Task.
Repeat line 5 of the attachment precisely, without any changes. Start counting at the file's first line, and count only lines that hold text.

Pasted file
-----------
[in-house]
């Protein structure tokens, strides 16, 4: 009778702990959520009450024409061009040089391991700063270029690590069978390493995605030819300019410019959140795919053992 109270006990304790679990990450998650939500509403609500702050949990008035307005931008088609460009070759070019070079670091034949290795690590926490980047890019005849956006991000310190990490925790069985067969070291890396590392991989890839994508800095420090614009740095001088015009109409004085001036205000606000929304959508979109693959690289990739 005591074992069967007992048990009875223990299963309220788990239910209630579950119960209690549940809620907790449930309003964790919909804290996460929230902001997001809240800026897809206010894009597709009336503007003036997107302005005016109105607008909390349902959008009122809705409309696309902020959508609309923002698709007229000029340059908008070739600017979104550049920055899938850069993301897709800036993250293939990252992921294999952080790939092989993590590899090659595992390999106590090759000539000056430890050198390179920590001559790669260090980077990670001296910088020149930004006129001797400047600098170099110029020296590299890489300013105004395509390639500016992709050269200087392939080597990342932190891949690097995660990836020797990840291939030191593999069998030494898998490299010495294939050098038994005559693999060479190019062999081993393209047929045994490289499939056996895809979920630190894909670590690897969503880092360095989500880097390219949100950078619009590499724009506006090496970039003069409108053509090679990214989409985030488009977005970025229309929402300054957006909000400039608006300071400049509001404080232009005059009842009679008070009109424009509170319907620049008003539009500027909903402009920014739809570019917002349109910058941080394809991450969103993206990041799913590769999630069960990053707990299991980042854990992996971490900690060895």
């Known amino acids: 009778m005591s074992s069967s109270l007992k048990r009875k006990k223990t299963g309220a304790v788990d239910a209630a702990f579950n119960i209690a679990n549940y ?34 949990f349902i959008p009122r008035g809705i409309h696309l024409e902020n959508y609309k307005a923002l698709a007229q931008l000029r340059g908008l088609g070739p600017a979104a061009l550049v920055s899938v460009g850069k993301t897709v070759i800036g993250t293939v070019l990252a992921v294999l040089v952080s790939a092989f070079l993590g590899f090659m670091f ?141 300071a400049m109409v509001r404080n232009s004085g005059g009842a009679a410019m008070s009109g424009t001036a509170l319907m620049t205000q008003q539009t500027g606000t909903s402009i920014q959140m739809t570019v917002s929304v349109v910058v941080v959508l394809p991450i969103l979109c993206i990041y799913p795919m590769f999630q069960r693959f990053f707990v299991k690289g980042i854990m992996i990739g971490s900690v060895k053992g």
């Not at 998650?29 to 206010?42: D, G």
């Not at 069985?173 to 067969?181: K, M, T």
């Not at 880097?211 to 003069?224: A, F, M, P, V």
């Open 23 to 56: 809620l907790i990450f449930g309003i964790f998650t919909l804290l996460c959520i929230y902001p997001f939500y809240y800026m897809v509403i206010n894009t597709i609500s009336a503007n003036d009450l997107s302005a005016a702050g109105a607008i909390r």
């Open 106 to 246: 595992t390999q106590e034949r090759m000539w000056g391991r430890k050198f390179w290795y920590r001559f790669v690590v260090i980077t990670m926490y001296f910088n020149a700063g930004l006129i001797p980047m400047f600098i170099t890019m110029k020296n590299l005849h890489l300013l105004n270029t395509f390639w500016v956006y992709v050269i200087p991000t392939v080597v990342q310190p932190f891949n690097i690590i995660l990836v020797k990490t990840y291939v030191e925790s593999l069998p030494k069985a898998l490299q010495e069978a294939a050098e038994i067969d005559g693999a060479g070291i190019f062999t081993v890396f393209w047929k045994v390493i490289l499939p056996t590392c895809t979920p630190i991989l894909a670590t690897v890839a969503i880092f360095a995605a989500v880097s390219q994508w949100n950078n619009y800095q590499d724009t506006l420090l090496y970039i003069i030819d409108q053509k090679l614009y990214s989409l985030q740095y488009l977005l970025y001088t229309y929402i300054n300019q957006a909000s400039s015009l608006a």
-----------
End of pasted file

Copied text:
């Not at 069985?173 to 067969?181: K, M, T």